in national markets when core deposit growth in local markets lags planned asset growth. However, non-core funding sources also present potential risks, such as higher costs and increased volatility. Placing heavy reliance on potentially volatile funding sources to support asset growth is risky because access to these funds may become limited during distressed financial or economic conditions. Under such circumstances, institutions could be required to sell assets at a loss in order to fund deposit withdrawals and other liquidity needs.

Historically, Mutual Bank relied heavily on potentially volatile funding sources, particularly promotional, higher-priced Certificates of Deposit (CD), brokered deposits, and Federal Home Loan Bank (FHLB) borrowings to support loan growth. Table 4 provides details on the bank’s non-core funding sources during the years prior to its failure.

Table 4: Mutual Bank’s Non-Core Funding Sources
Period Ended Time Deposits $100,000 or More ($000s) Brokered Deposits ($000s) FHLB Borrowings ($000s)
December 2005 278,432 291,530 5,800
December 2006 408,035 278,125 5,800
December 2007 590,812 337,599 5,800
December 2008 345,790 530,560 15,300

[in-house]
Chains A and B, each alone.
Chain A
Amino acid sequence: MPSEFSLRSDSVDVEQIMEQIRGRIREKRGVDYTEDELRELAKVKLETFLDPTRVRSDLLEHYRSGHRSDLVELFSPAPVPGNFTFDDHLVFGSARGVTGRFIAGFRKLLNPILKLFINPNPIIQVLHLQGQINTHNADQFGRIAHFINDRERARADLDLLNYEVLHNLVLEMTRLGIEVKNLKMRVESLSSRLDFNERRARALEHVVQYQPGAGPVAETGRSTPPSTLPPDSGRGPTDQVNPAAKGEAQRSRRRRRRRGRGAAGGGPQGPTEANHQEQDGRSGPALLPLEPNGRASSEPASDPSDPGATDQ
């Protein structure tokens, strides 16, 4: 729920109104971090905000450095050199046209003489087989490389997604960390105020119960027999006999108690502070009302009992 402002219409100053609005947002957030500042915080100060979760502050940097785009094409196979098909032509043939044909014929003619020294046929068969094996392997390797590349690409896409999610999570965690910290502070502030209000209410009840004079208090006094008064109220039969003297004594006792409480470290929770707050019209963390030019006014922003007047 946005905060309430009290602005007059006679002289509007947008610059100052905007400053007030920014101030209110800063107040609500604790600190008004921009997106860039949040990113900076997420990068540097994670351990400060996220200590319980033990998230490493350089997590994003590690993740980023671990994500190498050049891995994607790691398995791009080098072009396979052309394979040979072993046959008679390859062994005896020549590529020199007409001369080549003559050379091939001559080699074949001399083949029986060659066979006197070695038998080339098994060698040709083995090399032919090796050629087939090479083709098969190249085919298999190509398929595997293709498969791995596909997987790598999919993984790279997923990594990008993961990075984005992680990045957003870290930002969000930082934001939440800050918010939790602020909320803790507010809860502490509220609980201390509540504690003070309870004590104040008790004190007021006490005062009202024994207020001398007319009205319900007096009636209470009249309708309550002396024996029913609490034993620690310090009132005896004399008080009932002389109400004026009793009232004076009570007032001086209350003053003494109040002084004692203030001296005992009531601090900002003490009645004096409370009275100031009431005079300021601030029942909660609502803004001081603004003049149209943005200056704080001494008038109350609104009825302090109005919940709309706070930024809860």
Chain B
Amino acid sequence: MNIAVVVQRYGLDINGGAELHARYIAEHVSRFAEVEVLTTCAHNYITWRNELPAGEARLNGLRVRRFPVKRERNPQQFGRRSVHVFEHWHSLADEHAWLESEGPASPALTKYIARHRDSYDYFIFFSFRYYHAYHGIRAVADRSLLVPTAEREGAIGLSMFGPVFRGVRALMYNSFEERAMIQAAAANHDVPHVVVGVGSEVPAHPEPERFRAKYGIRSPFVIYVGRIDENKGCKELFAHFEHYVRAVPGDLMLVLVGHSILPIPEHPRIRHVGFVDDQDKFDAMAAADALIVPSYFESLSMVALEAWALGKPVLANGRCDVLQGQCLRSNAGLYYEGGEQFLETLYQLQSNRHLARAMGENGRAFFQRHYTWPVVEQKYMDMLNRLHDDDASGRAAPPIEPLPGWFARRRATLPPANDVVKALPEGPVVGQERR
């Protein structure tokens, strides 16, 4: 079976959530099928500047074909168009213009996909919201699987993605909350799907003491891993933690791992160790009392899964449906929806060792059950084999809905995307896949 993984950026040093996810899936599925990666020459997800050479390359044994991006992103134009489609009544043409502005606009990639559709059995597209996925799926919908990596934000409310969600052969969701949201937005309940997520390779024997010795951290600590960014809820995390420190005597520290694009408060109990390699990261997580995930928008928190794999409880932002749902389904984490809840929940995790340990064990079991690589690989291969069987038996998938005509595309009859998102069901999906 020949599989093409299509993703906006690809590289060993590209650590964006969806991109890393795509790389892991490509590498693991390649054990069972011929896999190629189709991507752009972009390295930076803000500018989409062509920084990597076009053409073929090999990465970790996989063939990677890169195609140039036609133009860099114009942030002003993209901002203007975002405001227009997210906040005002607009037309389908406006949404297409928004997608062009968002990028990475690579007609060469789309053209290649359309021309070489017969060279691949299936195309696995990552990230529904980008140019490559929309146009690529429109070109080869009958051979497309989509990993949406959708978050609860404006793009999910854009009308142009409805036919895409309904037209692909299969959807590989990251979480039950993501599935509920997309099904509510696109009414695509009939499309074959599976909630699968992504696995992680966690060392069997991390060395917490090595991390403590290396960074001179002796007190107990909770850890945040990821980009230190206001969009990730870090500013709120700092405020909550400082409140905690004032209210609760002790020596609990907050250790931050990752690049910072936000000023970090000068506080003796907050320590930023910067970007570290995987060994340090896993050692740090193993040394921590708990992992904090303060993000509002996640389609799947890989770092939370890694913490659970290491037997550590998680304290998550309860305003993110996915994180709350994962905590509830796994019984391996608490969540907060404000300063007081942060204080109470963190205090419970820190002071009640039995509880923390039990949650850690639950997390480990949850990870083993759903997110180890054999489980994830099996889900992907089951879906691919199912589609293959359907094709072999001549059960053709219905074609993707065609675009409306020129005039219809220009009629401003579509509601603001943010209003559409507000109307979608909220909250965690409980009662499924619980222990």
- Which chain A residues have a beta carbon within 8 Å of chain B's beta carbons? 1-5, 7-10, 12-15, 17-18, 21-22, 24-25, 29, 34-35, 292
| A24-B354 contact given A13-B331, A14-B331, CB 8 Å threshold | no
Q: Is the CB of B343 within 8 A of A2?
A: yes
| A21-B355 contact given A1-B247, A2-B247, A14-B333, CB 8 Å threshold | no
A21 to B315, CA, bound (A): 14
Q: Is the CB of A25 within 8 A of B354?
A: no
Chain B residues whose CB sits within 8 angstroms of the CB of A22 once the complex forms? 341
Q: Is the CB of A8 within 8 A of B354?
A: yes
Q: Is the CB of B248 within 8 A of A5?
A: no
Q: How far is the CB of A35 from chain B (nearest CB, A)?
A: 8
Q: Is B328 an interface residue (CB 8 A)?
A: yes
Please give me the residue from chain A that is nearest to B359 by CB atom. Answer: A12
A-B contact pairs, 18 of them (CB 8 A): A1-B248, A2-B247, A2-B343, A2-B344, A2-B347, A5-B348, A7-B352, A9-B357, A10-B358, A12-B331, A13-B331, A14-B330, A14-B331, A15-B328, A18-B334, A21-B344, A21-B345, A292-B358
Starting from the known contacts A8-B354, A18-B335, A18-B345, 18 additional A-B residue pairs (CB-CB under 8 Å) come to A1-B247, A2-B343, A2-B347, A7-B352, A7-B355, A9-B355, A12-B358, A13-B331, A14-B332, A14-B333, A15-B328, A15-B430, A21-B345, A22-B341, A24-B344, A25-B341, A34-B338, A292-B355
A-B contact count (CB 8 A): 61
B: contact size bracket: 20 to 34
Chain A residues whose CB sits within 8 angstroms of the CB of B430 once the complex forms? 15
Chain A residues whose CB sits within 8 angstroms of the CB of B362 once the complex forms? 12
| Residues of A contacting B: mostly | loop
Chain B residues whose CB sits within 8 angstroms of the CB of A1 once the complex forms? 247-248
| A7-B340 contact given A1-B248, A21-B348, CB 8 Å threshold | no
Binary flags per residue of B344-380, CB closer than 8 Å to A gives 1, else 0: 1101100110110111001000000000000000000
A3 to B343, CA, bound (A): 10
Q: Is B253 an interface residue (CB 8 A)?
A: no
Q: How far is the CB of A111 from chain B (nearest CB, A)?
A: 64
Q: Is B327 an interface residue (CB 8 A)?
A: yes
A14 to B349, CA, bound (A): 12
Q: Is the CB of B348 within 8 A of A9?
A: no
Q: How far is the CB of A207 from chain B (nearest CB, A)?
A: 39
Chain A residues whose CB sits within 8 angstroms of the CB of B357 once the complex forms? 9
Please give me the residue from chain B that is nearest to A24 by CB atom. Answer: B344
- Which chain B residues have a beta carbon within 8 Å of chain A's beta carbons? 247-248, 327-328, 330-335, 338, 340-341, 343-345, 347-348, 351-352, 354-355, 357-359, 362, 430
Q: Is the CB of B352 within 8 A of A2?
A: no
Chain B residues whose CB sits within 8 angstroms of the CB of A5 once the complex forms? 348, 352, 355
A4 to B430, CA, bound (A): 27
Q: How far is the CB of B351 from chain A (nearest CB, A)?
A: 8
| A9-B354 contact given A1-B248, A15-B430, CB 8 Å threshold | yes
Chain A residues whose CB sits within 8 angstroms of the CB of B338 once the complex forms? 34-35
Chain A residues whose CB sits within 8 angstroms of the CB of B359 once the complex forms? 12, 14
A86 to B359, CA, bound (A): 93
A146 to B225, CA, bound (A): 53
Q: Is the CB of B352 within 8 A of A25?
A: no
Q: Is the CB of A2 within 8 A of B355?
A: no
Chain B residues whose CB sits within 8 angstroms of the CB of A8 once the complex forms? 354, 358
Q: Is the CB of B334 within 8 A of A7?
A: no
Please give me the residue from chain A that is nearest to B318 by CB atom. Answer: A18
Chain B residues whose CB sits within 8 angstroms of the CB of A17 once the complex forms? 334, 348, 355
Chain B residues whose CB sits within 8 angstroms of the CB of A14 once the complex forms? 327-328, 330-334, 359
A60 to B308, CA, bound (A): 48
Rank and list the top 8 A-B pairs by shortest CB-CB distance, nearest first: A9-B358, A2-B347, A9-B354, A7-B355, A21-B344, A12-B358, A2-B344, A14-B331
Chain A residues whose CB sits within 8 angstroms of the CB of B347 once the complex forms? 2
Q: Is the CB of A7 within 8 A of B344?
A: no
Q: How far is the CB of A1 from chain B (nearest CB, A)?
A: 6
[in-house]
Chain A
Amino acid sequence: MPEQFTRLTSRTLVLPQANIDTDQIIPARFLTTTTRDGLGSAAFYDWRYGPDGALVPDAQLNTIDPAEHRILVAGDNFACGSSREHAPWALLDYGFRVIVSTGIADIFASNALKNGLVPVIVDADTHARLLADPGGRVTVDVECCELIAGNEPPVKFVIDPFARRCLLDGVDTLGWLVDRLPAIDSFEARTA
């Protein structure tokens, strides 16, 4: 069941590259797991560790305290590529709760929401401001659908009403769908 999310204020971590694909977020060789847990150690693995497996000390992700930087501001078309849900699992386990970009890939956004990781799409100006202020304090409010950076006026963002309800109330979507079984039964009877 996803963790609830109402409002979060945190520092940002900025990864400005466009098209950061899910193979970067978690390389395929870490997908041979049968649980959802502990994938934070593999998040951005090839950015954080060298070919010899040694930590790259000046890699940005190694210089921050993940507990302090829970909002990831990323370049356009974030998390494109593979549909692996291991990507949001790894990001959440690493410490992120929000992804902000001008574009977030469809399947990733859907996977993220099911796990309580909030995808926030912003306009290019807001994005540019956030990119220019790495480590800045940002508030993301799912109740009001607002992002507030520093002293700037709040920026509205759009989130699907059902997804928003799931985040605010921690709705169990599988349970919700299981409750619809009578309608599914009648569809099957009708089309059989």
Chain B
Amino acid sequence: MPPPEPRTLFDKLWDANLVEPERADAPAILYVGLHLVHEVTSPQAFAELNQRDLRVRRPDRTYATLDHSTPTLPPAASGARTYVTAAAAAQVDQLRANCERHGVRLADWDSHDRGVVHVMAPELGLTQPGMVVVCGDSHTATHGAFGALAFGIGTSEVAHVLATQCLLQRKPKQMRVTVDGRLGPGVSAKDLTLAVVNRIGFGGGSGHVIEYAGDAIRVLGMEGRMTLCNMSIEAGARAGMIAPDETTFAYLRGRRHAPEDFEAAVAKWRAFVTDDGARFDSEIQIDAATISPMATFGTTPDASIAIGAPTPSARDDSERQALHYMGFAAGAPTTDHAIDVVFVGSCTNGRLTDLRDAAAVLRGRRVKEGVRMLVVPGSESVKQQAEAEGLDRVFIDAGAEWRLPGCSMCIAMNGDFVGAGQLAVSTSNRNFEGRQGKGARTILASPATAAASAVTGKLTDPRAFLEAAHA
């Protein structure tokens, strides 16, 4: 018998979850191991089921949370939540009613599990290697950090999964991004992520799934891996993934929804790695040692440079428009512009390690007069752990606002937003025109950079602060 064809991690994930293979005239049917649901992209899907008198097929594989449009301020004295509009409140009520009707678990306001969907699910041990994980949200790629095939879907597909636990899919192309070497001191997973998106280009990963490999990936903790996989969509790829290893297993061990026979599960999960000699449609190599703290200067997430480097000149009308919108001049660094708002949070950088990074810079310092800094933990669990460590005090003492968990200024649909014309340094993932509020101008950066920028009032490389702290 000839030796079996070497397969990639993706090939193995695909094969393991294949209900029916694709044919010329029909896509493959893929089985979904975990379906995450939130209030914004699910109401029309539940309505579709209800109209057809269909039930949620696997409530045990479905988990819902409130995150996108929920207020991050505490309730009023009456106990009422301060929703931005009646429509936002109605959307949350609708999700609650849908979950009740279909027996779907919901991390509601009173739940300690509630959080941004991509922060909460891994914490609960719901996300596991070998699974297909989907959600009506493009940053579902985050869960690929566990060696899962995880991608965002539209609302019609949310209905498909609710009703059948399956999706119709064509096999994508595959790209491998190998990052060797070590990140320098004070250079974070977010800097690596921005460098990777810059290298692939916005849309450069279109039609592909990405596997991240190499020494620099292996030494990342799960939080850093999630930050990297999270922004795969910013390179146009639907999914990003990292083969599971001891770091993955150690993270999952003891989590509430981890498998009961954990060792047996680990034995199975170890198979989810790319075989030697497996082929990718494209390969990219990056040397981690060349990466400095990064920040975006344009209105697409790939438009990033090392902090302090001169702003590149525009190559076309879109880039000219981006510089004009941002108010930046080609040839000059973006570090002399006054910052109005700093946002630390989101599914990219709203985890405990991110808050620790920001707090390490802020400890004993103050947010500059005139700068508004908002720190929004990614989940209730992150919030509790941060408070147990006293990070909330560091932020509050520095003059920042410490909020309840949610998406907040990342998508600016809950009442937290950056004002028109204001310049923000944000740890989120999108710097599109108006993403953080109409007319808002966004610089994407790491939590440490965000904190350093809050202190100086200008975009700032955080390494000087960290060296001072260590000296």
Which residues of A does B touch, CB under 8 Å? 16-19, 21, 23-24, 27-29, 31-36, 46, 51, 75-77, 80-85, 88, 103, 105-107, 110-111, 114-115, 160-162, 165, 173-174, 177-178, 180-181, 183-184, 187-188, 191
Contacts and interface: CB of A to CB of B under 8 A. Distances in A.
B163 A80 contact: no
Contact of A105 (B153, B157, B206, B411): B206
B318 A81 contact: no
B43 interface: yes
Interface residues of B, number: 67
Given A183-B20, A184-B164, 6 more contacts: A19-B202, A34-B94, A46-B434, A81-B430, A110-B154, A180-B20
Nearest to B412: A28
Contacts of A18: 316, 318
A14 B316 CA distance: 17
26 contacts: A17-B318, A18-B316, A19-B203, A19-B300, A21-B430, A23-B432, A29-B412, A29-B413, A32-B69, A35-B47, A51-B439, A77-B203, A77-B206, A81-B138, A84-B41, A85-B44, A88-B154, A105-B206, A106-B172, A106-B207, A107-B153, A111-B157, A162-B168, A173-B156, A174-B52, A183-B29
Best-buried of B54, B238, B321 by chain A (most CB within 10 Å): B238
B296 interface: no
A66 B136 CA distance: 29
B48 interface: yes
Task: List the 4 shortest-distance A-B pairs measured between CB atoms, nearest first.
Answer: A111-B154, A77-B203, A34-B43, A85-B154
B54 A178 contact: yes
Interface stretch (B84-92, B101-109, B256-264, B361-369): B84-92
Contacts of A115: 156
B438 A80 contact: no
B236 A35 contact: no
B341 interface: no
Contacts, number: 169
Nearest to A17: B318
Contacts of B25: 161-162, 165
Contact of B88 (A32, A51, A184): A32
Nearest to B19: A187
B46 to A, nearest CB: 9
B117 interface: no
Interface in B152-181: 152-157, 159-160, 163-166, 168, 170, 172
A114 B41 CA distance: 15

March 2009 322,721 512,496 15,300
Source: UBPR data for Mutual Bank.

In addition, Figure 2 illustrates that Mutual Bank’s use of brokered deposits was historically higher than its peer group – levels that placed the bank in the 90th to 97th percentile of its peer group.

Figure 2: Mutual Bank’s Percentage of Brokered Deposits to Total Deposits Compared to Peer Group, Source: UBPR data for Mutual Bank.
[ D ]







10






Further, Mutual Bank’s net non-core funding dependence ratio4 consistently outpaced its peer group, as illustrated in Figure 3. From December 2005 until March 2009, the institution’s net non-core funding dependence ratio ranged from the 78th to 92nd percentile of its peer group.

Figure 3: Mutual Bank’s Net Non-Core Funding Dependence Ratio Compared to Peer Group, Source: UBPR for Mutual Bank.
[ D ]